The Punjab – Home of Master-Saints


- Sant Kirpal Singh -





India is the home of our Saints – of Spirituality.
Spirituality has been radiating from India and Central Asia generally.”

Sant Kirpal Singh


India has always been fortunate to have those great souls
with knowledge of the Beyond – this is a play of Nature.”

Sant Kirpal Singh





True Saints are a blessing to the world at large. They are the custodians of superior divine wisdom and inexhaustible spiritual wealth. Even kings bow their heads at their lotus feet. King Janaka said to Yajnavalkya, "O venerable sage! I am grateful to your exalted holiness for obtaining the ancient wisdom of the Upanishads through your lofty and sublime instructions. I offer my whole kingdom at thy feet. Further, I am thy servant. I will wait on thee like a servant".

Such is the magnanimous nature of saints. Their very existence inspires others and goads them to become like them and attain the same state of bliss achieved by them. Had it not been for their existence, there would not have been spiritual uplift and salvation. Their glory is indescribable. Their wisdom is unfathomable. One crosses this terrible ocean of births and deaths through their grace. To be in their company is the highest education. To love them is the highest happiness. To be near them is real education.



1894  Sant Kirpal Singh was born on February 6, 1894, in a rural setting in Saiyid Kasran, located on the Potohar Plateau, some 40 km (25 m) south of Rawalpindi, Punjab (now in Pakistan).





The Punjab

The Punjab is very fortunate in having developed and cherished, since centuries, a long and glorious tradition of a composite culture. It seems to have been evolved and enriched by many God-intoxicated men who belonged to various faiths and creeds, such as Hindu Saints, Sikh Gurus and Sufi Fakirs. Their mystical writings, poems and songs form a common and invaluable heritage.

Punjab, or Panjab, derives its name from two Persian words, panj (five), and aab (water, having reference to the five rivers which confer on the country). The Punjab occupies the north eastern portion of the Indo-Gangetic Plain and is surrounded by the Himalayan Mountains to the northwest and the Hindu Kush to the north. The Yamuna River marks the eastern extent of the Punjab while the Sulaiman Range marks its western limits. The most remarkable feature in the topography of the country is found in its rivers which, after traversing for hundreds of miles in the mountainous regions of the lofty Himalayas, descend into the plains, fertilizing the soil, and continue their course generally to the south, until, after their confluence with the Indus, fall into the ocean. These five rivers are the Jhelum, the Chenab, the Ravi, the Beas and the Sutlej.

The Punjab has a long history and rich cultural heritage. The three main religions in the area are Sikhism, Hinduism, and Islam. The region has been invaded and ruled by many different empires and races, including the Aryans, Persians, Greeks, Muslims, and Mongols. The 19th Century saw the beginning of British rule. After independence, this region witnessed mass migration and distribution of property. In 1947 when India was partitioned, the larger half of Punjab went to Pakistan. In 1966, the Indian smaller half was further divided into three: Punjab, Haryana and Himachal Pradesh.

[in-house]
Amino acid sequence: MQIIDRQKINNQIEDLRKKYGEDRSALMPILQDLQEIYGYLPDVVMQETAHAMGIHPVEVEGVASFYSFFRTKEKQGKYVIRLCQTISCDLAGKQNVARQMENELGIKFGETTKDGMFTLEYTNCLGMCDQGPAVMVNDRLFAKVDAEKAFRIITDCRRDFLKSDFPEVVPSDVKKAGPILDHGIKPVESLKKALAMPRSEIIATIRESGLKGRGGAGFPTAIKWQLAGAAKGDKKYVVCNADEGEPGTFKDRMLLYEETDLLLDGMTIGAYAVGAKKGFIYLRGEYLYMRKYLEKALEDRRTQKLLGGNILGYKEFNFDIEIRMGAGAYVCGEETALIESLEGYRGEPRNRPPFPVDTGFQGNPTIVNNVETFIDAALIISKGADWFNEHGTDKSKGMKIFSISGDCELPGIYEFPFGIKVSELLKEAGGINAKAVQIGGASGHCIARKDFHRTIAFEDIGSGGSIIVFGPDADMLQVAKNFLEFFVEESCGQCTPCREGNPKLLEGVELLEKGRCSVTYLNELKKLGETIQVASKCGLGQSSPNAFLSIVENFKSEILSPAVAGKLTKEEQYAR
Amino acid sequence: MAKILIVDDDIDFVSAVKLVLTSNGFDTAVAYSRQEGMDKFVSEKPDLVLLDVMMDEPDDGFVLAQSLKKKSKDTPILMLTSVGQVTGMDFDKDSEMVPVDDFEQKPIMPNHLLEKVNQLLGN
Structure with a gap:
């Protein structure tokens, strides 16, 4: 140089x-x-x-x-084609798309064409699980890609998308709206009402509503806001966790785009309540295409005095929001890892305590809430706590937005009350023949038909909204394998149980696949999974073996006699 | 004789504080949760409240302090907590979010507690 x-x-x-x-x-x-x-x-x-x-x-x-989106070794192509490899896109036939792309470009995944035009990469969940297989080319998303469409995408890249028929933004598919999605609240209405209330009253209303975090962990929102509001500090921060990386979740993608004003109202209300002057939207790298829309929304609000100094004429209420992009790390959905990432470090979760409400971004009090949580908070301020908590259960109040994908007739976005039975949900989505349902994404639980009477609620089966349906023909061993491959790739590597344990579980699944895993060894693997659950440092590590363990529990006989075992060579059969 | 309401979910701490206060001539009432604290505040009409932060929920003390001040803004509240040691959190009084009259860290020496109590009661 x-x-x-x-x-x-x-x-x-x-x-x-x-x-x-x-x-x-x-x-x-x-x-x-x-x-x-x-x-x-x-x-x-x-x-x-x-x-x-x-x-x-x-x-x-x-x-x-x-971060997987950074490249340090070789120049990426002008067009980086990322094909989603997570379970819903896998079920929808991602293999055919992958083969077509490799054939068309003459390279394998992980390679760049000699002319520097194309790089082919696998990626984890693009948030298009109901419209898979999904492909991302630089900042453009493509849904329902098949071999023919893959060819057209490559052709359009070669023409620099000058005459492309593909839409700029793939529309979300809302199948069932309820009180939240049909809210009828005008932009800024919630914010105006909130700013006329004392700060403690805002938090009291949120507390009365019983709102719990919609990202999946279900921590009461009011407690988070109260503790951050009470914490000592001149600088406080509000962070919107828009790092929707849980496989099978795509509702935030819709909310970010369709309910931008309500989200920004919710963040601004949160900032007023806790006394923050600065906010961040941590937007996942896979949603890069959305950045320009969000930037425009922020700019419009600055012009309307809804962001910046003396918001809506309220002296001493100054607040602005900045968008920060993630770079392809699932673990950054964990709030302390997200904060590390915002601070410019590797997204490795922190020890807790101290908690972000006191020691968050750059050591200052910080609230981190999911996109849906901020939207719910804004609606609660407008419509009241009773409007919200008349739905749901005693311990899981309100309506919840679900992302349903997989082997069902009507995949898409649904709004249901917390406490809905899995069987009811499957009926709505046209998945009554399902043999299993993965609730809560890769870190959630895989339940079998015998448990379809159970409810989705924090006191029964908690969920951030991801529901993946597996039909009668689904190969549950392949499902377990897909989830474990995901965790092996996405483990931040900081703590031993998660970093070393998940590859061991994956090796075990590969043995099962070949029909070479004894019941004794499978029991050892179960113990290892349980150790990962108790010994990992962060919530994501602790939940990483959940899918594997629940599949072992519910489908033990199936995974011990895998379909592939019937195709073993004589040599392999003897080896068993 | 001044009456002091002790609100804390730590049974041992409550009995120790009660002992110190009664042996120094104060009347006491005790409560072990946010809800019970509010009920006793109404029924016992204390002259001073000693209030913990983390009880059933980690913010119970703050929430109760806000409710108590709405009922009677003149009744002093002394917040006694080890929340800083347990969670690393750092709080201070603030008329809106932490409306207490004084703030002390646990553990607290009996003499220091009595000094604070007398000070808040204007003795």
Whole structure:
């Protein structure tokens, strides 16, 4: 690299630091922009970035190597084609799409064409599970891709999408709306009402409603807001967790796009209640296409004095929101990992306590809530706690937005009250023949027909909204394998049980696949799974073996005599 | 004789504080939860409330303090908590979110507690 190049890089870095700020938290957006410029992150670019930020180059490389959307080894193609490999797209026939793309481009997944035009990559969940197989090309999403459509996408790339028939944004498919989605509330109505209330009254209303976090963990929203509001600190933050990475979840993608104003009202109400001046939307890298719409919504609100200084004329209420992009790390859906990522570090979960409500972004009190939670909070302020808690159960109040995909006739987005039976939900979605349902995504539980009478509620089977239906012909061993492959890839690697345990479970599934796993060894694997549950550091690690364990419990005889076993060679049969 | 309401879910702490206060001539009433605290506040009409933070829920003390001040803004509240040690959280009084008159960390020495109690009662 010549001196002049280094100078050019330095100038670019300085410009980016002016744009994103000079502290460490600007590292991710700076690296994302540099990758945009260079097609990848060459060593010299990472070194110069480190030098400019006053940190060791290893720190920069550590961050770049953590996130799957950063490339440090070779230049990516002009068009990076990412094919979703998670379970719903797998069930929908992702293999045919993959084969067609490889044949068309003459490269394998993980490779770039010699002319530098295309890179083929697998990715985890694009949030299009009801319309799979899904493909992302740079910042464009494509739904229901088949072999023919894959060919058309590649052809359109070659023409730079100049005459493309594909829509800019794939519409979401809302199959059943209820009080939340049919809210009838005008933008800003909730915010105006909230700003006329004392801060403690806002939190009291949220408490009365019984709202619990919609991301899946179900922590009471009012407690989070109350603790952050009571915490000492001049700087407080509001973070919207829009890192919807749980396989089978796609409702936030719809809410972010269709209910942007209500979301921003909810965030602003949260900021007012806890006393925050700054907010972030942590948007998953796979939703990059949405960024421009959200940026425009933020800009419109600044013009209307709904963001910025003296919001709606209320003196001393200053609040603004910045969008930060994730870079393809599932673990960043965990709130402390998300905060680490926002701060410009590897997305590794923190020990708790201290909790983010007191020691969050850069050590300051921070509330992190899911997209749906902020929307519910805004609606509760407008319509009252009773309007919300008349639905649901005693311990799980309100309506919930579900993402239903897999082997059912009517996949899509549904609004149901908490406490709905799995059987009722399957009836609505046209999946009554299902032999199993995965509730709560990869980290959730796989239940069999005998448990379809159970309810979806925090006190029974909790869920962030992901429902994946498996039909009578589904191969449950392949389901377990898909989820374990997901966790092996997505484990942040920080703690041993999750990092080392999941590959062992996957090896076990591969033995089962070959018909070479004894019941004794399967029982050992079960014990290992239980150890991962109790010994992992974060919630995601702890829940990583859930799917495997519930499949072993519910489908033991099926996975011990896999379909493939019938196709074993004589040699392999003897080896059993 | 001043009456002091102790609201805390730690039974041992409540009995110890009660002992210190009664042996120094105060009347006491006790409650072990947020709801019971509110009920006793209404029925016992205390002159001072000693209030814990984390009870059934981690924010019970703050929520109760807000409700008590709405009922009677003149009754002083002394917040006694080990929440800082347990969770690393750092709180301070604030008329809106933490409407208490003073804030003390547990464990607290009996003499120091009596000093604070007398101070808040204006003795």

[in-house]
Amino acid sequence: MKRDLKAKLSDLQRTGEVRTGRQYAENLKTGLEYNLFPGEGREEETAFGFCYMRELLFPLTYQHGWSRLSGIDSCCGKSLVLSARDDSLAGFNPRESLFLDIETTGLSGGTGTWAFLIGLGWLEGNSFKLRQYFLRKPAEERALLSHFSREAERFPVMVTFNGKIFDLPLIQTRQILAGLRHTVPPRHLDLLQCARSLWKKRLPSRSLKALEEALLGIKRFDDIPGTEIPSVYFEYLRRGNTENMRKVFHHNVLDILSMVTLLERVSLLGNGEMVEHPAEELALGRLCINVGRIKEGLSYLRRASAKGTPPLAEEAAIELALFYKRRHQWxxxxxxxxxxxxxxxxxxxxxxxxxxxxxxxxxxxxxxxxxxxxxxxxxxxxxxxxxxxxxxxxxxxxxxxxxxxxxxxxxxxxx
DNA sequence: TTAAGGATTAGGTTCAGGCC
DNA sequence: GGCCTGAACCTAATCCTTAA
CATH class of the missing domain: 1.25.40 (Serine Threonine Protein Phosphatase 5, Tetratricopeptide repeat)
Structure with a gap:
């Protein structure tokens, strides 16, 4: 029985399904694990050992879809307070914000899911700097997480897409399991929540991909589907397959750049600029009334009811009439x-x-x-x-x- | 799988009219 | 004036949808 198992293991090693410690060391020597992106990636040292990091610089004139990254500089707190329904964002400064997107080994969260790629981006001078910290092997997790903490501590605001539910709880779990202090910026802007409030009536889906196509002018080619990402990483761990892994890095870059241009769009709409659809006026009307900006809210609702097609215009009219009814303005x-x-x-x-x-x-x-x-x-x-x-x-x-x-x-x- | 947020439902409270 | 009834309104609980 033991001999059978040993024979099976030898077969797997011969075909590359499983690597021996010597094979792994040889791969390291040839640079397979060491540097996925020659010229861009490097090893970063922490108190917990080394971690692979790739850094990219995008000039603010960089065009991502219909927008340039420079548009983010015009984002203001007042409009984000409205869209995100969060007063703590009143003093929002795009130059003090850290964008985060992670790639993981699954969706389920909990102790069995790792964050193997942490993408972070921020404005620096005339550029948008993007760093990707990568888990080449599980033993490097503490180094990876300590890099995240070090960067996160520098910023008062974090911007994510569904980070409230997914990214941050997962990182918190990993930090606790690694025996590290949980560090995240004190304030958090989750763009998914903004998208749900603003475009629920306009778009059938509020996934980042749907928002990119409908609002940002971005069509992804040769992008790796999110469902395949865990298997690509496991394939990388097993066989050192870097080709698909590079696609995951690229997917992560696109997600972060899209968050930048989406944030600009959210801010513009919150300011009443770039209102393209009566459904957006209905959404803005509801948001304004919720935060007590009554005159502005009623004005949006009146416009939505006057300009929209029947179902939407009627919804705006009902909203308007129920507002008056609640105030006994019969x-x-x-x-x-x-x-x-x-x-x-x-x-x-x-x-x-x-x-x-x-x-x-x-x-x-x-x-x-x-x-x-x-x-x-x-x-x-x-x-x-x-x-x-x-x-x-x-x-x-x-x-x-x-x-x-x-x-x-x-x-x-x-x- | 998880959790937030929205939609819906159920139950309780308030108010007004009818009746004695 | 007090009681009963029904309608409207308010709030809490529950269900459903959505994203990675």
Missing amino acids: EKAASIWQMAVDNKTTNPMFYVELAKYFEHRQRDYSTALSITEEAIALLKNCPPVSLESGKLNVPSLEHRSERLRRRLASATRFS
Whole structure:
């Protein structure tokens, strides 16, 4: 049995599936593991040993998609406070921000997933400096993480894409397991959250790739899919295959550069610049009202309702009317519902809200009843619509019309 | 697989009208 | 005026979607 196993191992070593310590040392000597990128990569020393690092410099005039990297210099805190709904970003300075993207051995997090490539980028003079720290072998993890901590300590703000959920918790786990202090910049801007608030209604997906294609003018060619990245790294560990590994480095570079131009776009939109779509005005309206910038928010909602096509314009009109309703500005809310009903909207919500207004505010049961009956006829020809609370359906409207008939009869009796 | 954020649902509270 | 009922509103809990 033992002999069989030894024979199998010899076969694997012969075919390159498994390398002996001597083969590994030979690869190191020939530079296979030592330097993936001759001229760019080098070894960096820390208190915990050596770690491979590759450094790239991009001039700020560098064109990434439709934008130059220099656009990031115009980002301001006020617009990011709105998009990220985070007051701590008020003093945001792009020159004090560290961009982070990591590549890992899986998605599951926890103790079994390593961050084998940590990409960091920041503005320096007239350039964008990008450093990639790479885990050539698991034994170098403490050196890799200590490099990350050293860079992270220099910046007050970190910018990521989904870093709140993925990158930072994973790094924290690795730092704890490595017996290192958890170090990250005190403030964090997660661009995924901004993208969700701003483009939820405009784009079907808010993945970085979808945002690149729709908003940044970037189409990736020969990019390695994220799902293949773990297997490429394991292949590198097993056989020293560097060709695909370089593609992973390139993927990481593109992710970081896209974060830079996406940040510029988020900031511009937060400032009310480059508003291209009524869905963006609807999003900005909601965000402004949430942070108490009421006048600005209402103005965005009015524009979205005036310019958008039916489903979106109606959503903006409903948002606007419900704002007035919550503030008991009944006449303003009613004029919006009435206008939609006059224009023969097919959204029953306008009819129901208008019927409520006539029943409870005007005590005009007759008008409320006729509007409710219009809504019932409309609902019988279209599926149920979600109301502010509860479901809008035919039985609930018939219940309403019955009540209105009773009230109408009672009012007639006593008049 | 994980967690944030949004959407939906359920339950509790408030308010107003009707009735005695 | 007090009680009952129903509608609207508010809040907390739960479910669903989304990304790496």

Maps and Pictures

Click on thumbnails to enlarge

The Punjab 1909

Punjab-States in India
and Pakistan 2007

Birthplaces of

Punjabi Landscape
with Farmers 2006





Birthplaces of Master-Saints




Place of Birth


on Map

Guru Nanak

1469 – 1539

Talwandi (Nankana Sahib)

Punjab (65 km / 41 m west of Lahore)


Guru Angad

1504 – 1522


Punjab (85 km / 53 m south of Amritsar)


Guru Amardas

1479 – 1574


Punjab (13 km / 8 m southwest of Amritsar)


Guru Ramdas

1563 – 1606




Guru Arjan

1534 – 1581


Punjab (30 km / 19 m south-east of Amritsar)


Guru Har Gobind

1595 – 1644


Punjab (7 km / 4 m west of Amritsar)


Guru Hari Rai

1630 – 1661


Punjab (70 km / 44 m north of Chandigar)


Guru Hari Krishan

1656 – 1664


Punjab (70 km / 44 m north of Chandigar)


Guru Teg Bahadur

1621 – 1675




Guru Gobind Singh

1666 – 1708


Bihar (north east India)


Ratnagar Rao



came to Poona (the seat of the Peshwa family)


Tulsi Sahib

1763 – 1843

Poona (?)

Maharashtra (lived in Hathras from ~ 1810)


Soami Shiv Dayal Singh

1818 – 1878


Uttar Pradesh (250 km / 156 m east of Delhi)


Baba Jaimal Singh

1838 – 1903

Ghuman Khurd

Punjab (12 km / 8 m north of Batala)


Baba Sawan Singh

1858 – 1948


Punjab (20 km / 13 m south of Ludhiana)


Sant Kirpal Singh

1894 – 1974

Saiyid Kasran

Punjab (40 km / 25 m south of Rawalpindi)







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